Herniated disc definition and treatments
A herniated disc is a disc in the spine that has torn due to pressure from the surrounding vertebrae. This condition is degenerative in nature and affects many individuals 50 and above. Typically, when a herniated disc occurs, the disc’s nucleus leaks through the tear and compresses a nearby nerve root or the spinal cord itself. This nerve compression is what causes the pain and symptoms associated with a herniated disc.
There are several treatments available to help reduce the pain of a herniated disc. Many doctors will recommend a series of conservative treatments after the cause of the damaged disc has been diagnosed. If conservative treatments prove ineffective, there are surgical options available, such as the minimally invasive spine surgery performed at Laser Spine Institute.
Causes of herniated discs
A herniated disc can sometimes develop suddenly as a result of trauma or injury, such as a car accident or athletic injury. The most common cause of herniated discs, however, is the natural aging process. Throughout life, the discs in the spine are subjected to wear. Because the discs in the spine are responsible for supporting and cushioning the vertebrae and joints with every movement or impact, they are increasingly susceptible to injury as the spine ages.
Specifically, the discs can lose water content, become less flexible, weaken and lose their ability to properly absorb impact. The tough outer disc layer that holds the shape and structure of the disc can lose its elasticity, causing the disc to expand and ultimately tear. Thereby, causing a herniated disc to develop.
Symptoms of a herniated disc
The symptoms of a herniated disc only occur when the damaged disc material impacts a nearby nerve root. This nerve compression can send pain and other symptoms from the spine into the closest arm or leg, which is called radiating pain.
The most common symptoms of a herniated disc include:
- Muscle weakness
When nerve compression occurs in the neck, these symptoms can be felt in the head, neck, upper back, shoulders and arms. When it occurs in the lower back, symptoms are experienced in the lower back, hips, buttocks and legs.
Treating a herniated disc
Many patients are able to relieve the symptoms of a herniated disc by taking over-the-counter medication, working with a physical therapist and making lifestyle changes such as weight management. These are all conservative methods of treatment that should be recommended and monitored by your doctor in order to allow the disc to shrink and heal on its own.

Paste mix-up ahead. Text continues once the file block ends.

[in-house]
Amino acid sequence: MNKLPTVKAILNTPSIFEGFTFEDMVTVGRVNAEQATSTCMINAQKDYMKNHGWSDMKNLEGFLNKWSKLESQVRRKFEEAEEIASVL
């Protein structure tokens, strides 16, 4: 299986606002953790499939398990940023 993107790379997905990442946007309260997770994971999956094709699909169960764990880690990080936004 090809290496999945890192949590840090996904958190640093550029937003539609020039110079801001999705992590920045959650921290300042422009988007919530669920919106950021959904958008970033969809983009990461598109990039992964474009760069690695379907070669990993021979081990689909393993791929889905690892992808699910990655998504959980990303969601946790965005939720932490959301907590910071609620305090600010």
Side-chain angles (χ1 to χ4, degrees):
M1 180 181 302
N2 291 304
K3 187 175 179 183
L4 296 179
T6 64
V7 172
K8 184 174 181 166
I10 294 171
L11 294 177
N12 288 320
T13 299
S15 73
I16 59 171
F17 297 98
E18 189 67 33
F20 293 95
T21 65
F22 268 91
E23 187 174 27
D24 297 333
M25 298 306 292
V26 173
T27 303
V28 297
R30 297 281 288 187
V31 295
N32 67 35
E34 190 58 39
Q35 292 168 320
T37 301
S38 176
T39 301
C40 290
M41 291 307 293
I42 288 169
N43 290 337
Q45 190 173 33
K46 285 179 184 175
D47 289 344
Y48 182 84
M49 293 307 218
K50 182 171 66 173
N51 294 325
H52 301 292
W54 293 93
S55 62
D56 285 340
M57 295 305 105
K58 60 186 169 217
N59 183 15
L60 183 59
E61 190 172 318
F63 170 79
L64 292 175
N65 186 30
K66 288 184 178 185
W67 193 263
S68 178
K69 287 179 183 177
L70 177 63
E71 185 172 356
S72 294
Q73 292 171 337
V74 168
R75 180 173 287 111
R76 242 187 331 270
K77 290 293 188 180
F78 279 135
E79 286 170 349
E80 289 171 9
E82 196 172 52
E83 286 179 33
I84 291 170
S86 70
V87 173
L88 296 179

However, if after several weeks or months of conservative treatment, you have not noticed any reduction in your pain, you may be a potential candidate for the minimally invasive spine surgery at Laser Spine Institute. Since 2005, we have helped more than 75,000 patients find relief from chronic neck or back pain. Our procedures offer patients a safer and effective alternative to traditional open neck or back surgery by providing a shorter recovery time and lower risk of complication.^
Many patients with a herniated disc may find relief through our minimally invasive decompression surgery, which involves removing the portion of the disc that has extruded and pressed against the nerve root. However, some patients may be recommended for a minimally invasive stabilization surgery, which removes the disc altogether and inserts an artificial disc in its place. Both of these procedures are performed by board-certified surgeons+ using small incisions and muscle-sparing techniques.
After reviewing your MRI or CT scan at no-cost,* our dedicated team may recommend a minimally invasive spine surgery, depending on the location and severity of your condition. Contact Laser Spine Institute today to learn if our outpatient procedures would be effective in relieving your herniated disc symptoms. We are here to help get you back to the activities you have been missing out on.